The rapidly intensifying Covid-19 pandemic has had devastating impacts across the global economy, stalling businesses operations and economic activity. The economic impact of the outbreak has been unprecedented, with the crisis seen as one of the worst ever.
While the Indian economy was very well cushioned during the financial crisis of 2008, largely on account of its sound financial system and strong growth, the current situation is different. As India was already in the middle of a growth slowdown, the Indian economy is particularly hard hit due to the outbreak.
As India went on a 21-day historic lockdown to contain the spread of the virus, the economy faces widespread disruptions, posing perhaps some of the biggest challenges to Indian policymakers. Therefore, the present situation calls for urgent measures from the Government and decisionmakers to set a strong course of action that leads to a safe and sustained revival post lockdown.
In view of the current situation, the Confederation of Indian Industry (CII) has undertaken a massive contact programme with its members, to take stock of the issues faced by them and to assess the overall impact of the pandemic and the consequent lockdown on the economy.
CII has submitted its recommendations to the Government that focus on safeguarding the macro fundamentals of the economy through a comprehensive package that would help in restarting the economy in a safe, sustainable and calibrated manner.
Besides a fiscal package, the recommendations also pertain to critical areas such as health and safety, logistics, migrant workers and coordination.
Health and Safety
CII has recommended that the Government can create a dashboard to monitor curves of various states and cities. The restart calendar across the states and cities along with the progressive ramp up, in terms of the proportion of manpower allowed to get back to work, must be based on the movement of the respective curves on the dashboard.
Secondly, extreme caution must be exercised when facilities re-open, ensuring that social distancing, screening, sanitization norms are fulfilled on a self-certification basis by all firms and shops. Penalties and closures must be in place for all violating units. Adoption of these activities could be monitored by the states.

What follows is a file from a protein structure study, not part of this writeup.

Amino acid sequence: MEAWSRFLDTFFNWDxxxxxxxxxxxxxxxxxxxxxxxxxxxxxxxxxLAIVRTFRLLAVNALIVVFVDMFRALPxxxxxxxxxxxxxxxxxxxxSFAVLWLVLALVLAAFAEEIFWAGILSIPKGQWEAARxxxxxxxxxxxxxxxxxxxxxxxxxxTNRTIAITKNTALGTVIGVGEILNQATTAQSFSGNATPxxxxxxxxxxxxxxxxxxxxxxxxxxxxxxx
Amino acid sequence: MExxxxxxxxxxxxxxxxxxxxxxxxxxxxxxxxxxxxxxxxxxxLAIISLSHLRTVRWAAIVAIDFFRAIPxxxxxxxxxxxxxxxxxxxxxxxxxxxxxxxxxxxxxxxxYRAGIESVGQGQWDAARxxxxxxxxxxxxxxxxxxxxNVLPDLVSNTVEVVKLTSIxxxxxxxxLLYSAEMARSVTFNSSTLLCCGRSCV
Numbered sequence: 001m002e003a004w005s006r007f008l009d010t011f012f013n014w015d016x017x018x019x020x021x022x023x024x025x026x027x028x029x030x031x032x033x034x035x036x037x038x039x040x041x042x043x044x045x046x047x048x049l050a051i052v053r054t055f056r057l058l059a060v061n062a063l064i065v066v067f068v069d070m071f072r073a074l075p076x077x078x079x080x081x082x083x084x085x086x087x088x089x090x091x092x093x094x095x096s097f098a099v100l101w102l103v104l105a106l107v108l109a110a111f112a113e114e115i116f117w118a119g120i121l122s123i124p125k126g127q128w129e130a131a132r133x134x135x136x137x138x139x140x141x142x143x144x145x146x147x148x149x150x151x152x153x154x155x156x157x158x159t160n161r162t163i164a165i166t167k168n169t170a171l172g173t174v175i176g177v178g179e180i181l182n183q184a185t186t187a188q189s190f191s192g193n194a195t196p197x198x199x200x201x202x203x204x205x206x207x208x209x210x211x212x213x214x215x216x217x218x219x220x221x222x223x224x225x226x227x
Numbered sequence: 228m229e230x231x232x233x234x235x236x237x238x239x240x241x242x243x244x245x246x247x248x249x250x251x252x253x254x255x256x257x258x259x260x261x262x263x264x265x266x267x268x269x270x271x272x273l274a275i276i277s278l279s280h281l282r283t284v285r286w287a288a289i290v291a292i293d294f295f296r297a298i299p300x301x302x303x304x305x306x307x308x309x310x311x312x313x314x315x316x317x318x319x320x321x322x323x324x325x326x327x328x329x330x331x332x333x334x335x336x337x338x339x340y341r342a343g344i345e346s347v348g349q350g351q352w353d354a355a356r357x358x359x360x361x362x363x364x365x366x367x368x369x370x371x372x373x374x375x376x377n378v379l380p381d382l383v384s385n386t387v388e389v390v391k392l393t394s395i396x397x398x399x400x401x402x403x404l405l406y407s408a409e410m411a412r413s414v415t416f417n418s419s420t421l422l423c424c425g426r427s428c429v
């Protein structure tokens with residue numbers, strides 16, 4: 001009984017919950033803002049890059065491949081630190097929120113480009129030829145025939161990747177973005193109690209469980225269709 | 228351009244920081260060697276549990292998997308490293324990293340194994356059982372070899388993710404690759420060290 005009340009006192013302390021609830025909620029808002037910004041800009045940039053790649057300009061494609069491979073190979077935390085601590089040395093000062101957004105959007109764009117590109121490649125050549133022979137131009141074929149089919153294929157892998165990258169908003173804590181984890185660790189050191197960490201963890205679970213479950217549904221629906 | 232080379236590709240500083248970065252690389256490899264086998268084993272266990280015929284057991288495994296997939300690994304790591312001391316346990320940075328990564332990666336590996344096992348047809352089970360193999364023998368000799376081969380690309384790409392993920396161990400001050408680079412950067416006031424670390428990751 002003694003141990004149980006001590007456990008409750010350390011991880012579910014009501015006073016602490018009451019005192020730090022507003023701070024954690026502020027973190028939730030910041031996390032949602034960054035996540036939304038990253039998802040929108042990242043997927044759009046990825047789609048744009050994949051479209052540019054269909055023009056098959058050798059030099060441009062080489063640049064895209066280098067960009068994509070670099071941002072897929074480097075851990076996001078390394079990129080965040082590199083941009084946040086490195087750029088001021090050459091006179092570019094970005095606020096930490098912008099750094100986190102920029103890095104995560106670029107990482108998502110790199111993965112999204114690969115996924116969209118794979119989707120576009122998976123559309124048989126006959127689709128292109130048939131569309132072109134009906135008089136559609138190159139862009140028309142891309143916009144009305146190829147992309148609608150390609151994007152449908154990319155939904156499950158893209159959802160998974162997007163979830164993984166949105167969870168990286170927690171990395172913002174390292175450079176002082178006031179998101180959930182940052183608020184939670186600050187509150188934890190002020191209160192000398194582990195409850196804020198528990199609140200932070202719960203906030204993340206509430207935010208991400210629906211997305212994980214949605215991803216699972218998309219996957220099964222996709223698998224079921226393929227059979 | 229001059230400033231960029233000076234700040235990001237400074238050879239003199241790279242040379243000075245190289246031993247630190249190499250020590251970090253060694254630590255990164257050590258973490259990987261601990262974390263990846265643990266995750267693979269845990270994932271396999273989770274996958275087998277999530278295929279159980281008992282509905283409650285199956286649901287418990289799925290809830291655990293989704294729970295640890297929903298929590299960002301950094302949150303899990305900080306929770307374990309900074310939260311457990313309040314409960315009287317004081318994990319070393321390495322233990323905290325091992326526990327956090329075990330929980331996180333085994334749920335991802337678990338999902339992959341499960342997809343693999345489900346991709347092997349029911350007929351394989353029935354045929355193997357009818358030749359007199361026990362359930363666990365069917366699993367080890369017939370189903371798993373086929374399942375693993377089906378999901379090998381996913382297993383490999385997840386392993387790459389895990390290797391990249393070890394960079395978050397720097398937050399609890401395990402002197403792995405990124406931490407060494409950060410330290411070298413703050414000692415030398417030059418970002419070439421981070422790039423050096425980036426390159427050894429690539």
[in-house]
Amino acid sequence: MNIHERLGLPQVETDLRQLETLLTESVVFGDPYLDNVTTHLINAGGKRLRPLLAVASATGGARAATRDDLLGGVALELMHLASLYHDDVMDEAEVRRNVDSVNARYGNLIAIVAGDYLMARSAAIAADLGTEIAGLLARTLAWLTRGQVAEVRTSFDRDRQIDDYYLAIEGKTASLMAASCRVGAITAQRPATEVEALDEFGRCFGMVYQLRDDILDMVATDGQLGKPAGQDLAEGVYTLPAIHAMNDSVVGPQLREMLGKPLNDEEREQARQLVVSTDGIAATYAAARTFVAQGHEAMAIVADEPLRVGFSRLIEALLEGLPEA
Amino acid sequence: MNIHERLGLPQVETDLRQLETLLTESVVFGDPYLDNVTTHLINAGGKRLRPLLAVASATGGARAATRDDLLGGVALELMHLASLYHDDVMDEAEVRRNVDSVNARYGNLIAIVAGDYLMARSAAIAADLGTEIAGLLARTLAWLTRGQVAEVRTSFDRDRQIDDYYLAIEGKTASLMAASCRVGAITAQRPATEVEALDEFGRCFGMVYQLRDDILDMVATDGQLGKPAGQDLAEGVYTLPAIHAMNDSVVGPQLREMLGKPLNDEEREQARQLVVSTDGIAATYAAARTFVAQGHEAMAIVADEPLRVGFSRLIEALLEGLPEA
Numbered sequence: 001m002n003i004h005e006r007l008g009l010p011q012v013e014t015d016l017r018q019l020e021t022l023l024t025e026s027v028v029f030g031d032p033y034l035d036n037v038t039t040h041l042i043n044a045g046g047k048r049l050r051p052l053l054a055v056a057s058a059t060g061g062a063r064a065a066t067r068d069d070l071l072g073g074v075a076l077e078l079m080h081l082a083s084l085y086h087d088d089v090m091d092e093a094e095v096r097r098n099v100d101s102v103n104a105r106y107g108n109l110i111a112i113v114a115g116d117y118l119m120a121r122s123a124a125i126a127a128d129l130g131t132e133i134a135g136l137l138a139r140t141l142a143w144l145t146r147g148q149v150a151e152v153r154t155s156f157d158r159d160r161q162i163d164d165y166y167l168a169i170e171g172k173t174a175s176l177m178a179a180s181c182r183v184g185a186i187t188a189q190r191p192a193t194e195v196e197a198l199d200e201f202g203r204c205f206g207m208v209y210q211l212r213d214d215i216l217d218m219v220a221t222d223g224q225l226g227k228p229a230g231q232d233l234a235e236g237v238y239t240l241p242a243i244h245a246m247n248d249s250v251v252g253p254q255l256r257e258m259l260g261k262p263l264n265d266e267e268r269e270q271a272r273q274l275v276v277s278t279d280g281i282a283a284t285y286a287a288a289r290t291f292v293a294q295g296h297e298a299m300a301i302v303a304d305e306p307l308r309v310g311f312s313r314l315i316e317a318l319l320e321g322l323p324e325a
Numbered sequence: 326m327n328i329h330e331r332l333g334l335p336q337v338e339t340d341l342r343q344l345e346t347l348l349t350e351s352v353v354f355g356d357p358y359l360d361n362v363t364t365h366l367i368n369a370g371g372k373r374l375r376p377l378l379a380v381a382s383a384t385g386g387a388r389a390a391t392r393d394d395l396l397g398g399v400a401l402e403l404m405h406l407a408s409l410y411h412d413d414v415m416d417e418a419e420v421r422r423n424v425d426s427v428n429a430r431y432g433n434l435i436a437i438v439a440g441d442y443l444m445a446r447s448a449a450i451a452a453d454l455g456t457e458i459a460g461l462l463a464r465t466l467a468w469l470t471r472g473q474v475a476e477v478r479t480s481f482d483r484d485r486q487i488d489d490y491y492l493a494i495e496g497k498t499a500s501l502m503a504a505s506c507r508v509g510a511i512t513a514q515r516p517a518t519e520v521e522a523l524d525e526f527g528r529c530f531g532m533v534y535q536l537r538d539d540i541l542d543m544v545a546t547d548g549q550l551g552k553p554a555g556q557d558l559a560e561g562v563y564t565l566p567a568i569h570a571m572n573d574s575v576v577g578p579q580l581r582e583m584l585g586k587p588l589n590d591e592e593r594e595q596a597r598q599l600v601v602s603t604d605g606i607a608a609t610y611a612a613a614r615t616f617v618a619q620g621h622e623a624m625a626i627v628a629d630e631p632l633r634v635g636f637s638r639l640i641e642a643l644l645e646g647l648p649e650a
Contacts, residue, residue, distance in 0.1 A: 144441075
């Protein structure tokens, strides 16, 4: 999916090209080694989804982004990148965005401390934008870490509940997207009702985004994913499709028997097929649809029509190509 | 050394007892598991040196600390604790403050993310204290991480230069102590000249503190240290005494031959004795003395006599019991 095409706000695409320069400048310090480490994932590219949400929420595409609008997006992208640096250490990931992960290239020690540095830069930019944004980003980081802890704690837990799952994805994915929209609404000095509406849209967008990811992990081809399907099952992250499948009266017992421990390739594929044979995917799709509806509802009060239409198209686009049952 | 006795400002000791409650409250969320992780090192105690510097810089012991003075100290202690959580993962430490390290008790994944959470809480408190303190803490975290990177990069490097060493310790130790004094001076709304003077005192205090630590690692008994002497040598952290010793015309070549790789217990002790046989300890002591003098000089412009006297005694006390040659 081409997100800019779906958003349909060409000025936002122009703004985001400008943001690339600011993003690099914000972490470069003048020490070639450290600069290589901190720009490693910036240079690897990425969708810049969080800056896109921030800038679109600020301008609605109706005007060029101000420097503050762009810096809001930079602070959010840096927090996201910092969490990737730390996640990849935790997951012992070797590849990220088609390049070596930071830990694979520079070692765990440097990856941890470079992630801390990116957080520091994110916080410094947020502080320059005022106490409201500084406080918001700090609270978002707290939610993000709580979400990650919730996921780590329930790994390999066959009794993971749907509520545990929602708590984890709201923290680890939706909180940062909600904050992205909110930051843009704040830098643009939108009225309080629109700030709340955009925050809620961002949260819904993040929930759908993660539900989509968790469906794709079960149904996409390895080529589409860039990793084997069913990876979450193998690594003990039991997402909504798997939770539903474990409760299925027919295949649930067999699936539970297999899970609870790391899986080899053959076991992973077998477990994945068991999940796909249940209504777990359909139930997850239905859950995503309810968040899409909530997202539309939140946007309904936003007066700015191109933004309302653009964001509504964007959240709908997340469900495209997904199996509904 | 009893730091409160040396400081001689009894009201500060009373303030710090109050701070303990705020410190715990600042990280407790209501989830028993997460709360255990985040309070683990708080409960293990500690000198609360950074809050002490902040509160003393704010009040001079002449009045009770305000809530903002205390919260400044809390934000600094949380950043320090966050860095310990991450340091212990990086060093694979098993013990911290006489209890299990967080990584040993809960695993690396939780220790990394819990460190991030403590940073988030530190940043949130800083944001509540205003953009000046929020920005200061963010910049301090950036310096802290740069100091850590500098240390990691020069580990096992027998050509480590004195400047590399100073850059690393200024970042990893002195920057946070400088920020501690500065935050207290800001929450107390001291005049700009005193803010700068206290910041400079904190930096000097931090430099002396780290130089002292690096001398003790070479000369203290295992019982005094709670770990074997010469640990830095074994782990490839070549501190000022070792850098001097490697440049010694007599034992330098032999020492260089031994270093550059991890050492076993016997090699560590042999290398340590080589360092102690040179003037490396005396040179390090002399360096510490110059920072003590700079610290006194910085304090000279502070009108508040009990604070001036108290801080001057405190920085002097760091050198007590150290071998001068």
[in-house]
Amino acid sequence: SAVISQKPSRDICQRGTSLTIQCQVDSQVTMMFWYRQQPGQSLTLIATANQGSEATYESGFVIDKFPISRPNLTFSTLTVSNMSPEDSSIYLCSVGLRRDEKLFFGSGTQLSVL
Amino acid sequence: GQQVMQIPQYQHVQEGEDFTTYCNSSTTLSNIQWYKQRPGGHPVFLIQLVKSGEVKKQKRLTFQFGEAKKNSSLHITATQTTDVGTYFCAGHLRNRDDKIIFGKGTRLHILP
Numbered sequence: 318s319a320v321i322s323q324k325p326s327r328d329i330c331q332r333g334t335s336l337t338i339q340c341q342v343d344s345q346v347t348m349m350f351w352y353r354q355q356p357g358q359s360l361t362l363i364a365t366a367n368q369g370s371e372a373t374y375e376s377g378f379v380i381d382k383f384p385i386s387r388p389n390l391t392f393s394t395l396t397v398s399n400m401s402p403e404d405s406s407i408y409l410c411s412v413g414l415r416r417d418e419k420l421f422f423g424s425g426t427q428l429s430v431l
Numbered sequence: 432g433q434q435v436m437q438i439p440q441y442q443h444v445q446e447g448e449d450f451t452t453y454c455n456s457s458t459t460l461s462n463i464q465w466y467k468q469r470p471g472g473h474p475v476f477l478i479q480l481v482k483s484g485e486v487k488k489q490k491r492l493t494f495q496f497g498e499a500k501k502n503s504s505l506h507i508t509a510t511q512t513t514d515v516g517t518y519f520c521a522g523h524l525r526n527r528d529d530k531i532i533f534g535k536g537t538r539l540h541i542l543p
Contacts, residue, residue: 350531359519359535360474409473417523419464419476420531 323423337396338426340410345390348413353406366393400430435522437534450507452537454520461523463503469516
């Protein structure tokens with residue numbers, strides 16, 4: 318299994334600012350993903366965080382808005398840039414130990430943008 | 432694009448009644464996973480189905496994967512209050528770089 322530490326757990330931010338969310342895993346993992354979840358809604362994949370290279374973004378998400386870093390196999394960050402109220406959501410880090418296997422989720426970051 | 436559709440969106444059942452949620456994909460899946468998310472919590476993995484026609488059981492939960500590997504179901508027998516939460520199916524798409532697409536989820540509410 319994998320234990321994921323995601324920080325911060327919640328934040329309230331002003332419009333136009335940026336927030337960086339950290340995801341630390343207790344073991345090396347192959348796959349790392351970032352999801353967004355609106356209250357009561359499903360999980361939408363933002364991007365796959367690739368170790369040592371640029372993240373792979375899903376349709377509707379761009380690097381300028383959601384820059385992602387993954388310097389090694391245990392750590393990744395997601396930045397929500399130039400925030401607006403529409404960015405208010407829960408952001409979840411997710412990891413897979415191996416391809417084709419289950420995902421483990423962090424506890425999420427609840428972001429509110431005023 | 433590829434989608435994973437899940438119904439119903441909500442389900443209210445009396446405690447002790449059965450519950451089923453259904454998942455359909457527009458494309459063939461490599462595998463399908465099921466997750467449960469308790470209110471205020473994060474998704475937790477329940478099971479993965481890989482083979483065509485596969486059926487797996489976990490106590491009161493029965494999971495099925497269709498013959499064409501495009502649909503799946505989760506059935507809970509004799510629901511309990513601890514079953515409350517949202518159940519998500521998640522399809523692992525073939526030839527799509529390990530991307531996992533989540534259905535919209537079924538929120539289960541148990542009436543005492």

Further, the Government must ensure the adequate availability of masks, testing and protective gear.
The logistics sector will have a key role to play in the restart of the economy, specifically in terms of seamless transportation of goods and services along with the harvest across India.
Suggested interventions include ensuring no harassment at borders and various check posts through clear and uniform instructions to police personnel; facilitating movement of truck drivers and others willing to come back by making necessary transport arrangements; allowing the opening of dhabas, diesel/petrol stations and repair shops on highways to ensure availability of basic amenities to truck drivers; extension of insurance cover to workers and families by logistic service providers, to the tune of INR 10-15 lakh for 3 months.
CII recommendations focus on two aspects of getting the migrant workers back – the willingness of workers to come back and logistical facilitation for willing workers.
Suggested measures for the first aspect include undertaking an aggressive ‘messaging’ campaign on the preparedness of the Government and the industry for a restart; facilitating tripartite dialogue between the Government, worker associations/unions and industry to address their concerns; announcing a COVID insurance scheme for the workers, with the cost borne partly by the Government and partly by industry.
For the second aspect, CII recommends issuing of e-passes to workers by local authorities ensuring smooth travel to workplaces; special transport for large clusters with safety protocols in place, among others.
Coordination between Centre and States
Effective coordination and speedy implementation between Centre and States is a crucial aspect for restarting the economy.
Setting up of an empowered group of Ministers at the central level and an interdepartmental task force led by the Chief Secretary at the state level is recommended, for planning, reviewing and addressing implementation challenges. These groups can address on-ground challenges daily basis through frequent consultations with industry.
The Centre and the States must work cohesively to ensure complete alignment between notifications/advisories and their interpretation, issued by centre and states. This could be further facilitated by templatising the notifications/advisories.